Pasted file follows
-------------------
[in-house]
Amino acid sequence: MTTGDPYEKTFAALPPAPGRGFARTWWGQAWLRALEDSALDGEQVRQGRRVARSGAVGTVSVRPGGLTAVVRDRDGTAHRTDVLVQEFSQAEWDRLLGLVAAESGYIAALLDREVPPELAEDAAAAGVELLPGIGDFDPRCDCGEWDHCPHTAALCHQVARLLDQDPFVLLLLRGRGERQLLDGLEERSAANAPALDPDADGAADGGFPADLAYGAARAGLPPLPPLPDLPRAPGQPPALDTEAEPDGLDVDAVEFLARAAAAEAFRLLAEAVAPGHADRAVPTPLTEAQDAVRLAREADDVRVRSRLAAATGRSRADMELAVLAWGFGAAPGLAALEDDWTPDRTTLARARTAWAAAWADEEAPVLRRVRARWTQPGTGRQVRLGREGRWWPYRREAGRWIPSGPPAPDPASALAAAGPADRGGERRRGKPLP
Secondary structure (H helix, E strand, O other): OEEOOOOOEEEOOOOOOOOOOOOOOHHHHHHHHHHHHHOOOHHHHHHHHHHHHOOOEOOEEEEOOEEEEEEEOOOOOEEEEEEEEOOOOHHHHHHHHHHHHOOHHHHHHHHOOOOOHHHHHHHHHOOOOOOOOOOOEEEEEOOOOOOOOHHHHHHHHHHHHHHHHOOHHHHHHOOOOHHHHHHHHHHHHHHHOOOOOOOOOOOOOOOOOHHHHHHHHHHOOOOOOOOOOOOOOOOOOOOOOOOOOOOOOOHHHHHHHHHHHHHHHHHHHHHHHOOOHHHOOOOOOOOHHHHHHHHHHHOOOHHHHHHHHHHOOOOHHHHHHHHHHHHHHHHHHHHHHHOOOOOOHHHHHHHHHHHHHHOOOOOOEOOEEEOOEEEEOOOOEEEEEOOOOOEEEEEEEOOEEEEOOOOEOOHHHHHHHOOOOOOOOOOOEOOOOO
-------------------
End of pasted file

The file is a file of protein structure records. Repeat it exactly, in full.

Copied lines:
[in-house]
Amino acid sequence: MTTGDPYEKTFAALPPAPGRGFARTWWGQAWLRALEDSALDGEQVRQGRRVARSGAVGTVSVRPGGLTAVVRDRDGTAHRTDVLVQEFSQAEWDRLLGLVAAESGYIAALLDREVPPELAEDAAAAGVELLPGIGDFDPRCDCGEWDHCPHTAALCHQVARLLDQDPFVLLLLRGRGERQLLDGLEERSAANAPALDPDADGAADGGFPADLAYGAARAGLPPLPPLPDLPRAPGQPPALDTEAEPDGLDVDAVEFLARAAAAEAFRLLAEAVAPGHADRAVPTPLTEAQDAVRLAREADDVRVRSRLAAATGRSRADMELAVLAWGFGAAPGLAALEDDWTPDRTTLARARTAWAAAWADEEAPVLRRVRARWTQPGTGRQVRLGREGRWWPYRREAGRWIPSGPPAPDPASALAAAGPADRGGERRRGKPLP
Secondary structure (H helix, E strand, O other): OEEOOOOOEEEOOOOOOOOOOOOOOHHHHHHHHHHHHHOOOHHHHHHHHHHHHOOOEOOEEEEOOEEEEEEEOOOOOEEEEEEEEOOOOHHHHHHHHHHHHOOHHHHHHHHOOOOOHHHHHHHHHOOOOOOOOOOOEEEEEOOOOOOOOHHHHHHHHHHHHHHHHOOHHHHHHOOOOHHHHHHHHHHHHHHHOOOOOOOOOOOOOOOOOHHHHHHHHHHOOOOOOOOOOOOOOOOOOOOOOOOOOOOOOOHHHHHHHHHHHHHHHHHHHHHHHOOOHHHOOOOOOOOHHHHHHHHHHHOOOHHHHHHHHHHOOOOHHHHHHHHHHHHHHHHHHHHHHHOOOOOOHHHHHHHHHHHHHHOOOOOOEOOEEEOOEEEEOOOOEEEEEOOOOOEEEEEEEOOEEEEOOOOEOOHHHHHHHOOOOOOOOOOOEOOOOO